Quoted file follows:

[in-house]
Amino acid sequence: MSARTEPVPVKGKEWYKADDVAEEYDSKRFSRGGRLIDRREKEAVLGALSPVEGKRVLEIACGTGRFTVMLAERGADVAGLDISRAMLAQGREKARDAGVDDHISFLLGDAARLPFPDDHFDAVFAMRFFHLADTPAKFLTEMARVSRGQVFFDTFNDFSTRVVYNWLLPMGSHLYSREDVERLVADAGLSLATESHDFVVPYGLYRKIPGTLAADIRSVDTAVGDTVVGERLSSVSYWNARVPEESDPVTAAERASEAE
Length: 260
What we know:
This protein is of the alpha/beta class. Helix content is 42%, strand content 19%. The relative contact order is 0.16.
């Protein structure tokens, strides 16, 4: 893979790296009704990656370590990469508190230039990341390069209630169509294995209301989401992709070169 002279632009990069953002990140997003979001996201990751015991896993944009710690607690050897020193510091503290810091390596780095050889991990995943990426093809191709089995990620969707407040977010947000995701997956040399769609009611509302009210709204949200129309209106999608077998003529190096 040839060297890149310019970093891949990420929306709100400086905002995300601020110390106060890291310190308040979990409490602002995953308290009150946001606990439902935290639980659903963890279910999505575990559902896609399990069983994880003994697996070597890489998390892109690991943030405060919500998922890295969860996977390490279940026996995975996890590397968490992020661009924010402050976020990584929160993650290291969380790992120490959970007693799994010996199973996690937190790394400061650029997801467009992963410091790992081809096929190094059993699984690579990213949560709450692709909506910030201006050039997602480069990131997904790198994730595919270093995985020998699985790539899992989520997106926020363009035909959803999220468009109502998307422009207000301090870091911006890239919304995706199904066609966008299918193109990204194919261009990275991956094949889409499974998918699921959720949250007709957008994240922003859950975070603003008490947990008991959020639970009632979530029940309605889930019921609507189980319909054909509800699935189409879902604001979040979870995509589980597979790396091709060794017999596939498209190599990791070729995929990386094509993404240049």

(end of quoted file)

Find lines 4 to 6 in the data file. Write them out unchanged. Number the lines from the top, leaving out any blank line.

What we know:
This protein is of the alpha/beta class. Helix content is 42%, strand content 19%. The relative contact order is 0.16.
């Protein structure tokens, strides 16, 4: 893979790296009704990656370590990469508190230039990341390069209630169509294995209301989401992709070169 002279632009990069953002990140997003979001996201990751015991896993944009710690607690050897020193510091503290810091390596780095050889991990995943990426093809191709089995990620969707407040977010947000995701997956040399769609009611509302009210709204949200129309209106999608077998003529190096 040839060297890149310019970093891949990420929306709100400086905002995300601020110390106060890291310190308040979990409490602002995953308290009150946001606990439902935290639980659903963890279910999505575990559902896609399990069983994880003994697996070597890489998390892109690991943030405060919500998922890295969860996977390490279940026996995975996890590397968490992020661009924010402050976020990584929160993650290291969380790992120490959970007693799994010996199973996690937190790394400061650029997801467009992963410091790992081809096929190094059993699984690579990213949560709450692709909506910030201006050039997602480069990131997904790198994730595919270093995985020998699985790539899992989520997106926020363009035909959803999220468009109502998307422009207000301090870091911006890239919304995706199904066609966008299918193109990204194919261009990275991956094949889409499974998918699921959720949250007709957008994240922003859950975070603003008490947990008991959020639970009632979530029940309605889930019921609507189980319909054909509800699935189409879902604001979040979870995509589980597979790396091709060794017999596939498209190599990791070729995929990386094509993404240049």